Today is International Day of Women and Girls in Science (IDWGS), 11 February 2021, by resolution of the United Nations General Assembly on 22 December 2015. The day recognises the critical role women and girls play in science and technology. IFST wishes to celebrate this day by highlighting the achievements of our female members and the variety of food science careers available to them. As this is no ordinary year, we asked them the following three questions, so we can feature their varied experiences:
- What is your scientific background?
- Get to know the scientist
- At what point in your career did you consider yourself a scientist?
- We often experience a phenomenon called ‘imposter syndrome’ which may make us feel like an imposter in science, so it’s interesting to see at which point our scientists labelled themselves as a ‘scientist’.
- Has COVID-19 affected your progress as a scientist (either positively or negatively)?
- COVID-19 has been the reason why most of us have changed the way we work and live and restricted our interactions and this has had an obvious effect on various careers, which we’ll see in the article.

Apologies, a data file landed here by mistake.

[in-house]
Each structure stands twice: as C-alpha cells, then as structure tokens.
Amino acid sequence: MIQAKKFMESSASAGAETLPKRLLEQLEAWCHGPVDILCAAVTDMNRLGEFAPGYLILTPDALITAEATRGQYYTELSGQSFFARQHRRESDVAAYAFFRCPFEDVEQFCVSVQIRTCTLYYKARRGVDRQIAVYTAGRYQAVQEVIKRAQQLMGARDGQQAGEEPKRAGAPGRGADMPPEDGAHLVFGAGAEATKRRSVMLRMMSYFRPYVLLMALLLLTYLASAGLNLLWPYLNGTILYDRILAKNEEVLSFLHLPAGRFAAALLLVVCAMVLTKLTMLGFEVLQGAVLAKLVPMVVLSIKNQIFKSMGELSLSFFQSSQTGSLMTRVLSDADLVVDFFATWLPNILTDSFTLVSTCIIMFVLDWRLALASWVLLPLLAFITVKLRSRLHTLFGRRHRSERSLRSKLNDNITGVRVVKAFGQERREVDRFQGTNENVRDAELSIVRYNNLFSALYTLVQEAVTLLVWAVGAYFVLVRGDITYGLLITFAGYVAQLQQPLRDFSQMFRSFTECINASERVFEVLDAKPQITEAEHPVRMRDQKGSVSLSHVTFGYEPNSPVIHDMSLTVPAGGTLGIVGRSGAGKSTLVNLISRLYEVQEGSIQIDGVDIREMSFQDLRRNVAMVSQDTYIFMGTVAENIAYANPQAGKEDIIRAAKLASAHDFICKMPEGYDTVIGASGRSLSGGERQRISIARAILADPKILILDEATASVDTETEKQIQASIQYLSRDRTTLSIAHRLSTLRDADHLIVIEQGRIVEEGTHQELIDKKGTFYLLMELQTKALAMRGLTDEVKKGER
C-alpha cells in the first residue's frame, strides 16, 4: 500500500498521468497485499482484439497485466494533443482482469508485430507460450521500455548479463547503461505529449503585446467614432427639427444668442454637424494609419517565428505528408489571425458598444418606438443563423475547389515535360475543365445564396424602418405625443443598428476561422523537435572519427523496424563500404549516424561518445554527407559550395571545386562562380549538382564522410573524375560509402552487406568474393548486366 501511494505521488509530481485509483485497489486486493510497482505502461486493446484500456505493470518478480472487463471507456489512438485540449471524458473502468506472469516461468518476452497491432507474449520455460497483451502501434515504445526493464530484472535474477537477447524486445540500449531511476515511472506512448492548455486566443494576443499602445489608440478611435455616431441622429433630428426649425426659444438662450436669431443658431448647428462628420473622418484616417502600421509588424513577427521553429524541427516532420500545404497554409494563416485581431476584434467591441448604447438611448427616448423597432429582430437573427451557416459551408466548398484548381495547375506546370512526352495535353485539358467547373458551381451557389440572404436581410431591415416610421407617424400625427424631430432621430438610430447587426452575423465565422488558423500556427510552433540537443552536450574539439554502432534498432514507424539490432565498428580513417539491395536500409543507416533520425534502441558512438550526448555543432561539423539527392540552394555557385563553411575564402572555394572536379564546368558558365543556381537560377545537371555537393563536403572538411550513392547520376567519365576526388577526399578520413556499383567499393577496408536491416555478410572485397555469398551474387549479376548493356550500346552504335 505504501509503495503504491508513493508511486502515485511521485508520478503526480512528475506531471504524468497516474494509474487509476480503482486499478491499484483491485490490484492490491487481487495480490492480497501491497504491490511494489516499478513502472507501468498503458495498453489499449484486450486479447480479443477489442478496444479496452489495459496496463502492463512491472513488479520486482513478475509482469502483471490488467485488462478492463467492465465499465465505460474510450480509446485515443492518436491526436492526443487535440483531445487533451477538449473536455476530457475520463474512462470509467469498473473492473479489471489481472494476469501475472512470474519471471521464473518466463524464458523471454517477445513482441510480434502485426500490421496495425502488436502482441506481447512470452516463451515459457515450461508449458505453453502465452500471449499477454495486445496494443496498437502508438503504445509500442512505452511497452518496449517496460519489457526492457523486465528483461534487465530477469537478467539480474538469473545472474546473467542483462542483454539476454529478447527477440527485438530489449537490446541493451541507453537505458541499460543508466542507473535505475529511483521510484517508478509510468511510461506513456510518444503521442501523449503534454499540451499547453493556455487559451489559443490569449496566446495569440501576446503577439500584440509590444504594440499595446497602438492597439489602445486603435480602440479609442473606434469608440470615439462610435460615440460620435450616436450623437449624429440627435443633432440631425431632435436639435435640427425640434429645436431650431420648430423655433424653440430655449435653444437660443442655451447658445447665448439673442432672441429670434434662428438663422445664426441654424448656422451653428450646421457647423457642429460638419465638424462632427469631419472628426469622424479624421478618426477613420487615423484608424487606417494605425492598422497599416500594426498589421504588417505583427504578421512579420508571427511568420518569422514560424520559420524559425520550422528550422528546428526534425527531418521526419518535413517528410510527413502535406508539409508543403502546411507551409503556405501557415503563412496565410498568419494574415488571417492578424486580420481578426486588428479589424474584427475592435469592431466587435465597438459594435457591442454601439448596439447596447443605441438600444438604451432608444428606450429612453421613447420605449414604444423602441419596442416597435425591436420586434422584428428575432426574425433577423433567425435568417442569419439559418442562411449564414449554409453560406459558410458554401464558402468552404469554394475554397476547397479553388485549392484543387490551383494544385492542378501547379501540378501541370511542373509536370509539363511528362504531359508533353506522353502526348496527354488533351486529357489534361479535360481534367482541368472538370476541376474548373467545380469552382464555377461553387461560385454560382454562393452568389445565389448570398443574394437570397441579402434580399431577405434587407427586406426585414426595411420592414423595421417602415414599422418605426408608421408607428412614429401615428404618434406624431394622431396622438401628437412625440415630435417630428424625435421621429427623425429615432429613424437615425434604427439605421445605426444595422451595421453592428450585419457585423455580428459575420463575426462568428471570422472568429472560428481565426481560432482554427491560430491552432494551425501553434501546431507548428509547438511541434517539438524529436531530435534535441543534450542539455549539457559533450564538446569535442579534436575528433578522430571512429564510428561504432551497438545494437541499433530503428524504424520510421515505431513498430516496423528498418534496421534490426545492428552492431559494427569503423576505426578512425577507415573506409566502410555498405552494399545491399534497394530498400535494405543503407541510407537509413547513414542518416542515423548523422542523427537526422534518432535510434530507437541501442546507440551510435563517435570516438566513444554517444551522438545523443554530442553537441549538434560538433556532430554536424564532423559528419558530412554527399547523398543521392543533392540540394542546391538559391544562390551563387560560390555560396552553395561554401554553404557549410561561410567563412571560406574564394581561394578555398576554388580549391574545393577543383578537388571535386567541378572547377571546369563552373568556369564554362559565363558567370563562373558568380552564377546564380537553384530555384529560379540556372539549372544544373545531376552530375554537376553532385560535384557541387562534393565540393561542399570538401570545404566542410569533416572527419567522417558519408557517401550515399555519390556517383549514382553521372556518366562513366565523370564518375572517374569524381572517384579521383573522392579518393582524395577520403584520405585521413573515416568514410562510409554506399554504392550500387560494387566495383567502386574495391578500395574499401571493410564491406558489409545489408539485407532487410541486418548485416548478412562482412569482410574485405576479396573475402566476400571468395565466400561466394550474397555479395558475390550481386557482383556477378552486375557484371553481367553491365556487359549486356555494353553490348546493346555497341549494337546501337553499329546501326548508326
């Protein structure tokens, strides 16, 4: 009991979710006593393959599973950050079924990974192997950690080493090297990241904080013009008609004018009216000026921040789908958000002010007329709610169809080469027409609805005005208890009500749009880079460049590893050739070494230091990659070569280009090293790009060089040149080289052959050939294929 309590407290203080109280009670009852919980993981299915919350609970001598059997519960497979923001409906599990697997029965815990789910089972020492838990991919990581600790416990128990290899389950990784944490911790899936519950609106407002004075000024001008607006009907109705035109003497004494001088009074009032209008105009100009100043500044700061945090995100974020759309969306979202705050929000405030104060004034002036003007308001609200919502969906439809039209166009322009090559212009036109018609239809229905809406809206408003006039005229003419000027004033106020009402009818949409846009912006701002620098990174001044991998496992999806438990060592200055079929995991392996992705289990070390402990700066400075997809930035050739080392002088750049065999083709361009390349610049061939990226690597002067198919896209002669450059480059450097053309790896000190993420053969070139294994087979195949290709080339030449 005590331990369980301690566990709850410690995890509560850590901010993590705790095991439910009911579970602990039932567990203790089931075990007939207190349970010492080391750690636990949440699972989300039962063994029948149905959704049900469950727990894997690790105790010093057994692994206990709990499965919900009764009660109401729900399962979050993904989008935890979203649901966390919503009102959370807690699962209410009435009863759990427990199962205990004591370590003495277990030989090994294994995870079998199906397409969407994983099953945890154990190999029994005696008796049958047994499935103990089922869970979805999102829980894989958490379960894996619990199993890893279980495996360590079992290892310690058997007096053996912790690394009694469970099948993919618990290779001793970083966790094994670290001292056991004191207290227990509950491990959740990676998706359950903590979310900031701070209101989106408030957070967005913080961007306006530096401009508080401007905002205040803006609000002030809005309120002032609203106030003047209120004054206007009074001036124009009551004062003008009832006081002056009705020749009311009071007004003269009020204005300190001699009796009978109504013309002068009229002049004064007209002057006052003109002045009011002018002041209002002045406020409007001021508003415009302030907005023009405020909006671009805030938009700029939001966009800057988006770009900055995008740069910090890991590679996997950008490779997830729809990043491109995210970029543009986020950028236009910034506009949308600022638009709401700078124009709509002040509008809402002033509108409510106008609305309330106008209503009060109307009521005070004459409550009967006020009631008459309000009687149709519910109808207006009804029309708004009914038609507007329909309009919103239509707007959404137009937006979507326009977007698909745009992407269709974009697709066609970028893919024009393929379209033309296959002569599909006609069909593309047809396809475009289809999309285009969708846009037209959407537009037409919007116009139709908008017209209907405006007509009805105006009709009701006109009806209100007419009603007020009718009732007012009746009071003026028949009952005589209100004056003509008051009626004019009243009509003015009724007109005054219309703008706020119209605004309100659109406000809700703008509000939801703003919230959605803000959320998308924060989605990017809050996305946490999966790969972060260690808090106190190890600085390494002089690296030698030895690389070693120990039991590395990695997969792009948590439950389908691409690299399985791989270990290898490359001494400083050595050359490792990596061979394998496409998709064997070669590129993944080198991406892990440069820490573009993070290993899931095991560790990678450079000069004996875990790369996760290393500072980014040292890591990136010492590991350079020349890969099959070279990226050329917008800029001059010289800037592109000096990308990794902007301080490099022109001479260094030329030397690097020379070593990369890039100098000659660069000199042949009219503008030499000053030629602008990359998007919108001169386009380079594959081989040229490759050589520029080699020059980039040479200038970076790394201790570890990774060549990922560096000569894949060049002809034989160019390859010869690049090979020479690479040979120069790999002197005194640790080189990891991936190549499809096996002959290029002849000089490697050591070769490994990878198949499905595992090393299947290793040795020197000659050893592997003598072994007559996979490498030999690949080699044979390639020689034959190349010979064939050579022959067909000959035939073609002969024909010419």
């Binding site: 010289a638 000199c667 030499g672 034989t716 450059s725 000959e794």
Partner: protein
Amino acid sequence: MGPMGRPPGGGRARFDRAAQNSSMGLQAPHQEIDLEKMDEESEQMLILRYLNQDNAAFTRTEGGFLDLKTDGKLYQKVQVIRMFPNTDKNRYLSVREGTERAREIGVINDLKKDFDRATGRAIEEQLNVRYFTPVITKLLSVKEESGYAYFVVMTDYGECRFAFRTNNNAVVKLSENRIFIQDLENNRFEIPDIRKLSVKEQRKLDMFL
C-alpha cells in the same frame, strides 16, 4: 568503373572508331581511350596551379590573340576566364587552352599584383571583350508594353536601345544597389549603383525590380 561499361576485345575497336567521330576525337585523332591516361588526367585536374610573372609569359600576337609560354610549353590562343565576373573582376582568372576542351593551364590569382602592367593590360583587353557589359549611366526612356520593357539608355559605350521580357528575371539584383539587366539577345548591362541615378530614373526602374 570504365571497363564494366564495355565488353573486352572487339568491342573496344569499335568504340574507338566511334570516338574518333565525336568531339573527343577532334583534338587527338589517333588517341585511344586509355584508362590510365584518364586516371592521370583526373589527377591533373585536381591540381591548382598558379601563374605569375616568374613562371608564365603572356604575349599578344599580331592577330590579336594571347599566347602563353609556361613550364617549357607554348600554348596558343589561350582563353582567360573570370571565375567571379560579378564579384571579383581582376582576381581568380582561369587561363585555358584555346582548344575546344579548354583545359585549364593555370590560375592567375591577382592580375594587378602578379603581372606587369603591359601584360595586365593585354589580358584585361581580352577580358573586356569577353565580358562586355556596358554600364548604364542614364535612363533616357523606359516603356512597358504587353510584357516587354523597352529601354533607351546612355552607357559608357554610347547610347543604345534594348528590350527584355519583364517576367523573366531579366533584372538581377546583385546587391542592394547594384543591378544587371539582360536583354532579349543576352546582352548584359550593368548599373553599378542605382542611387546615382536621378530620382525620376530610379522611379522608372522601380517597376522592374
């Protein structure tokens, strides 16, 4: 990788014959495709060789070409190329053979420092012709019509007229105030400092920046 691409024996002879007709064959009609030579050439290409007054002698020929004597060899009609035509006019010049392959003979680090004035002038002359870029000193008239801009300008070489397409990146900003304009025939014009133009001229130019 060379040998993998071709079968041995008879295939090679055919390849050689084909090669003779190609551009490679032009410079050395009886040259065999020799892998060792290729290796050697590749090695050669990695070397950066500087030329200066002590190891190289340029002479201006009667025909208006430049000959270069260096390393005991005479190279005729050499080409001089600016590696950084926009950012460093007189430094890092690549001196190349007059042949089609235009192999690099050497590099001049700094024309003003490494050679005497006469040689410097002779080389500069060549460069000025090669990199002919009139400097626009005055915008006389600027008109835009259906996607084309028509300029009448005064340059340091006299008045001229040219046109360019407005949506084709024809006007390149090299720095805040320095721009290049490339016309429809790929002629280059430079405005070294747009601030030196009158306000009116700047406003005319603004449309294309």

We’ve received fifteen replies from our esteemed members. Grab a warm drink and a snack and enjoy reading their responses below.
Meet our members:
- IFST President Helen Munday
- Nazanin Zand
- Delia Ojinnaka
- Genevieve Stone
- Badroonesha 'Esha' Aumjaud
- Nicole 'Ni' Yang
- Oonagh Monahan
- Preye Griffith
- Purity Hrisca
- Belinda Stuart-Moonlight
- Gihan Soliman
- Kate Baily
- Jessica Elgar
- Katherine Hurst
- Razan Al-Sous
Our members are from a wide range of backgrounds, from academia, industry, to consultancy and students. Click on the buttons below to navigate to each section.